I was stalking January 7th, 2020 like all these celebs are stalking Beyonce’s IvyPark wardrobe delivery. It was my first day back to normalcy after a year of wonderful time spent helping my sister plan her wedding and a surprise cruise for her husband’s birthday the first week of the year. I had been counting down the days and had my entire month laid out.
On the very day I was to reset — January 7th — it snowed in D.C. I was out at a dinner meeting and on my way home, my car slid and I lost control. It did 360 ° circles three times. I didn’t panic but I just asked God to help regain control. Mercifully, there weren’t any cars coming at me or in front of me. Only a miracle I didn’t slam into the wall of I-66. Black ice is a thing, you know.
Then on Thursday, after a solid 75-minutes workout, I decided to go the extra mile and push a bit harder. I was side shuffling per my coach’s routine and rolled my ankle. I heard it shatter like a perfectly glued mosaic quickly unraveling. Now I’m on crutches and out for the count for a few weeks with no immediate sign of being able to workout or drive, let alone stand for more than 5 minutes.
I was initially really frustrated. After a string of a few mishaps starting last October, I was ready to get a grip and get back to a centered mind and body. And then it hit me. God was talking to me, saying what I now know was “yeah, B, you prayed and asked for the ability to focus on all the things that will build you up; that will amplify your efforts and help grow your empire.”
Ultimately, I accepted it and welcomed the opportunity to really reset. I know this down time is purposed on me to establish a true sense of mindfulness.
In only one week of sitting mostly idle, I remembered the importance of mindfulness, or the art of being present. Not only is mindfulness key to personal success, it also helps maintain an equilibrium that invites positivity even in the most inconvenient circumstances.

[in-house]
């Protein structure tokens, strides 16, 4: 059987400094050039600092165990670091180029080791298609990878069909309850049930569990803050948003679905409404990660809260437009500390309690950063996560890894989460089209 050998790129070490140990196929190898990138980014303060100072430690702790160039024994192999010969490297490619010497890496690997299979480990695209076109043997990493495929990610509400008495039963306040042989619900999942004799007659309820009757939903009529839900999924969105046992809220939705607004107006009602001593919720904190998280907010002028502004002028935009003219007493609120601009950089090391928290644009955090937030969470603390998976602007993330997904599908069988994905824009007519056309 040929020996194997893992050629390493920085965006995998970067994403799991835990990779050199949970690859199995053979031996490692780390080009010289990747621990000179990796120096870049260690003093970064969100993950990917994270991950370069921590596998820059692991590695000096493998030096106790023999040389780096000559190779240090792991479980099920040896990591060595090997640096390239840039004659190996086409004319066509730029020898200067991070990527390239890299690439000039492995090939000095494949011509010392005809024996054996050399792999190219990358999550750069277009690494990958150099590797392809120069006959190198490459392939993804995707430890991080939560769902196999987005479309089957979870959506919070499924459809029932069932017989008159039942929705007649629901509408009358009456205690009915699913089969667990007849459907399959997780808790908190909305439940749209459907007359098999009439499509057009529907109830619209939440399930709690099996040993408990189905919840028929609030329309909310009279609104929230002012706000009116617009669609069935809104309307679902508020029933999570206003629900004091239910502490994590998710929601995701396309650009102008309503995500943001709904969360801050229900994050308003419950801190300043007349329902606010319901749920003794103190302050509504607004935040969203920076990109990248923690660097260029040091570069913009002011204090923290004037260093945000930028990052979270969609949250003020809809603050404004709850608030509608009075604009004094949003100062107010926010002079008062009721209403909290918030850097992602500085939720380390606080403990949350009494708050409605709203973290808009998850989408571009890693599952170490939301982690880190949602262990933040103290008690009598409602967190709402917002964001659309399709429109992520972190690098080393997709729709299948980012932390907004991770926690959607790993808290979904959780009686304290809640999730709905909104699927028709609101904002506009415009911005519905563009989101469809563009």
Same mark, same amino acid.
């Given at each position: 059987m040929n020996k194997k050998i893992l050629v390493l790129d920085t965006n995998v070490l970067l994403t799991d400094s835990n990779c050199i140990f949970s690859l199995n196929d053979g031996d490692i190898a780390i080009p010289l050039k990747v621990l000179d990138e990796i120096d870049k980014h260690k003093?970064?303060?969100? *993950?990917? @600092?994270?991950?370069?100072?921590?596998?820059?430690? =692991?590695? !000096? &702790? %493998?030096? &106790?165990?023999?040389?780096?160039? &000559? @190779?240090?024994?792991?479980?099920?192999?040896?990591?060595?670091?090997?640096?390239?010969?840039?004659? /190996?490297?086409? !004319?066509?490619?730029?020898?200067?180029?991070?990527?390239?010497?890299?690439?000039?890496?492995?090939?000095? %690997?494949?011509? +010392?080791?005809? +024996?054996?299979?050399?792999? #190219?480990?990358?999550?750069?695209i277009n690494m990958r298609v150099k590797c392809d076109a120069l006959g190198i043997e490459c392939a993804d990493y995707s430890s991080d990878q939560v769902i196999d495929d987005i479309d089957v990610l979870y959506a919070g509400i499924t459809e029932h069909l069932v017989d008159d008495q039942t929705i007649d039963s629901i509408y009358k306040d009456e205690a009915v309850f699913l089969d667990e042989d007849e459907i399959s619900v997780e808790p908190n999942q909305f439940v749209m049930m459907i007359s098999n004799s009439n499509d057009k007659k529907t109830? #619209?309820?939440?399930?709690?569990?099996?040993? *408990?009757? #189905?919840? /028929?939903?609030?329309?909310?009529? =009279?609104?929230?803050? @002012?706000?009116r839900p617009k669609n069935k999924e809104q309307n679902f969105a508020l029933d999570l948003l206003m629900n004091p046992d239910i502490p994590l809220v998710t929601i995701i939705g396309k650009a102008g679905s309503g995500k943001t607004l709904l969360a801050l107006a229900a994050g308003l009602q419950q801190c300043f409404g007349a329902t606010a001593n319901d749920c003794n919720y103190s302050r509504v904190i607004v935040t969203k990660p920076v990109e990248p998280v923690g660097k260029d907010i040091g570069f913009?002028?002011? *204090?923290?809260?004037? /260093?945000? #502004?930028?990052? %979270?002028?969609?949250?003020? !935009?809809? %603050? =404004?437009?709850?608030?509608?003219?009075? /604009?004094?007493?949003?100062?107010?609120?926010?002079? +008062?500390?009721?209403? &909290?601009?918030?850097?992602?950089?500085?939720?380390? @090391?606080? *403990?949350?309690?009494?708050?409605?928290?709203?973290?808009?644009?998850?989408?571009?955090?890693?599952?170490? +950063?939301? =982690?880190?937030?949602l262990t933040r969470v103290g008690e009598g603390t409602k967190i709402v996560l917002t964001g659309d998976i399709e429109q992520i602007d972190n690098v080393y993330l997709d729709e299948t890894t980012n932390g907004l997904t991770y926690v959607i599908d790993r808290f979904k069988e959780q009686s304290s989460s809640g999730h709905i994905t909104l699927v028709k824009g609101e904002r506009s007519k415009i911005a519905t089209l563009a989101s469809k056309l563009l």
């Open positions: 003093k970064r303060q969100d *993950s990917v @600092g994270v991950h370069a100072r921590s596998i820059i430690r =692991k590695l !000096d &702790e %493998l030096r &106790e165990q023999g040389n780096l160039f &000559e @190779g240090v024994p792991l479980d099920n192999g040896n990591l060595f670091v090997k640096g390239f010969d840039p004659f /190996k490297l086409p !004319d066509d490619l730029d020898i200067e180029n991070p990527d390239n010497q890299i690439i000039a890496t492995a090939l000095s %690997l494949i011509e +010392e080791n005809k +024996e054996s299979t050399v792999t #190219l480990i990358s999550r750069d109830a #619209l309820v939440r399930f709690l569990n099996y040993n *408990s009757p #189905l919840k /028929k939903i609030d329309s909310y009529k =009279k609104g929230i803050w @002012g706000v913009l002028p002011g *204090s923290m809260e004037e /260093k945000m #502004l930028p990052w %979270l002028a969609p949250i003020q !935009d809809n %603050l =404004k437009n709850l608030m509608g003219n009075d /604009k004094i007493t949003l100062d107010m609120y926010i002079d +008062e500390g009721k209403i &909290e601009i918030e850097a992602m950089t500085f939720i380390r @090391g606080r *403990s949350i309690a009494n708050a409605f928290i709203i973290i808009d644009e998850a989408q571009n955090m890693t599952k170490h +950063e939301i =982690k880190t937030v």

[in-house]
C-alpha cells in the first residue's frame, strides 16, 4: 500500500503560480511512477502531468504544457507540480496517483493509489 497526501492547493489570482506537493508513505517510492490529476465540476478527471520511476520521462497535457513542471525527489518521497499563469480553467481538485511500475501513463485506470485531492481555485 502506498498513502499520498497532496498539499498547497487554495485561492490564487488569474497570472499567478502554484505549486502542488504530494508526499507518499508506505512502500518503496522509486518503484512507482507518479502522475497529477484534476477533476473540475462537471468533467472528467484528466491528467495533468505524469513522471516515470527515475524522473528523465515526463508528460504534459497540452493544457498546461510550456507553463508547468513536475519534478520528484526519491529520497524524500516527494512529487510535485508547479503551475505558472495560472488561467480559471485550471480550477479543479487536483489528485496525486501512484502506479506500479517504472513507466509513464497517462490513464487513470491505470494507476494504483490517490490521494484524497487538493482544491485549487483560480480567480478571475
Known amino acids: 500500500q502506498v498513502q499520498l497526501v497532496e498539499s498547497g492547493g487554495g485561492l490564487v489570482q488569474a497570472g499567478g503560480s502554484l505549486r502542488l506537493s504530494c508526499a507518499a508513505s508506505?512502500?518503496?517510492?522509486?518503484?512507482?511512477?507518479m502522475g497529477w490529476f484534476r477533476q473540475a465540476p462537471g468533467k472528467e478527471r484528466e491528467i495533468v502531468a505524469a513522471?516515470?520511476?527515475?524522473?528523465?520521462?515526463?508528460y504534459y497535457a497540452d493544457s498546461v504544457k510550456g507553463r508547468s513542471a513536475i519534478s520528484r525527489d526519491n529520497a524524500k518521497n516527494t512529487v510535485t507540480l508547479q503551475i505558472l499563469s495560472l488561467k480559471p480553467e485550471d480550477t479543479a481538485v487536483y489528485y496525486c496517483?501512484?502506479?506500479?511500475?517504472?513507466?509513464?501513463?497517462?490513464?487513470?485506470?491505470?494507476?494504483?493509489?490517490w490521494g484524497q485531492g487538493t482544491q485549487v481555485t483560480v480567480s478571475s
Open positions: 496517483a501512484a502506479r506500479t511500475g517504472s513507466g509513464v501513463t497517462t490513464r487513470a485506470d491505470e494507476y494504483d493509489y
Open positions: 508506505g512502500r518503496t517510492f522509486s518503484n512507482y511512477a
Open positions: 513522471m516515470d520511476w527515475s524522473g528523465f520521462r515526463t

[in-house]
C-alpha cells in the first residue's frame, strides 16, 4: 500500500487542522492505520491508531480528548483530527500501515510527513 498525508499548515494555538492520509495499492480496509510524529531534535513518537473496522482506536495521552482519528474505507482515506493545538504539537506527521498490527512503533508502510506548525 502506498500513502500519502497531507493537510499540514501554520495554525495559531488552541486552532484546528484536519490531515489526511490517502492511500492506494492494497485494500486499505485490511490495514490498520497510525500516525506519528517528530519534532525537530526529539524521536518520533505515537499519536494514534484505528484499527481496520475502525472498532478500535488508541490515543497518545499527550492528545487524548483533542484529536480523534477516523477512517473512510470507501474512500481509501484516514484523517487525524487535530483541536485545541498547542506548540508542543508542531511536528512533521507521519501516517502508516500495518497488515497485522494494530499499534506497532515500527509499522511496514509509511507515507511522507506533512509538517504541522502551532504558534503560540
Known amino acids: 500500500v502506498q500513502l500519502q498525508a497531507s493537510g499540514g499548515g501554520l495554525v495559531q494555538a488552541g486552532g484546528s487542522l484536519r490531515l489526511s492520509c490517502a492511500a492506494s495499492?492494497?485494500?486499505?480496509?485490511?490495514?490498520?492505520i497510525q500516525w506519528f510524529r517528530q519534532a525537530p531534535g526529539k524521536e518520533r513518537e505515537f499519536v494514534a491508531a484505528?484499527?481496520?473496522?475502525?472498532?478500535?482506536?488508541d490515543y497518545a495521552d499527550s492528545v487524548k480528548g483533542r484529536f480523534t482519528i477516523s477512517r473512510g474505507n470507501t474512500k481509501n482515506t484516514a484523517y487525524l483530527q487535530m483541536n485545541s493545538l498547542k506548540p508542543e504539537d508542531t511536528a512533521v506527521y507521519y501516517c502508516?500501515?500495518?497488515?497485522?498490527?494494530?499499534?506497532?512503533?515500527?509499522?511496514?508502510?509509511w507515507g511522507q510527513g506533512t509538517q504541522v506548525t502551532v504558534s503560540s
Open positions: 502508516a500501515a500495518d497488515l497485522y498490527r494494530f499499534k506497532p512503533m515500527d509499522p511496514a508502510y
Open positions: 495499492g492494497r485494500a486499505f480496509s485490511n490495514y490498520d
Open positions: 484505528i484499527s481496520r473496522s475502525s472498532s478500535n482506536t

Here are 6 ways I know can help you be mindful of yourself and your circle of everything.
This may sound so very cliché as even I had kind of written off the idea of meditation. I pray a lot and often. However, meditation is the practice of stopping and intentionally shutting out the noise and centering your mind. It’s not as easy as it sounds. We’re busy. We have work, kids, family, goals, workouts, dinner to cook, etc. Life and its demands is real. In all our obligations, our minds and brain literally fog up with all the noise.
When we pause, we really do allow for peace and clarity to enter.
Work on stopping and stepping away from whatever you’re doing at the same time every day. Center your body in a perfect line, close your eyes and breathe. Try to paint white noise. Smile if you have to. Start small and brief and then work your way up. There are apps which help with getting you started.
PUT PHONES DOWN
Be like Erykah Badu and make them put the phone down.
Say “yes” to this several times day. Put the phone down. Put it on silent. Walk away. Ignore it. Scientifically speaking, we are obsessed with our phones. No doubt social media and the cool features on our devices keep us glued and looking for all the glory, but it also divorces us from the moments and people that really matter. How many conversations or detailed nuances have we all missed because we were on our phones when we should have been present in the moment?
Our phones are keeping us from being fully engaged with whom we’re spending time and that can create resentment as well as loss of connection. In a world where life happens so fast, think of how precious that very moment is. We’ll never get it back. Be a part of it. Fully.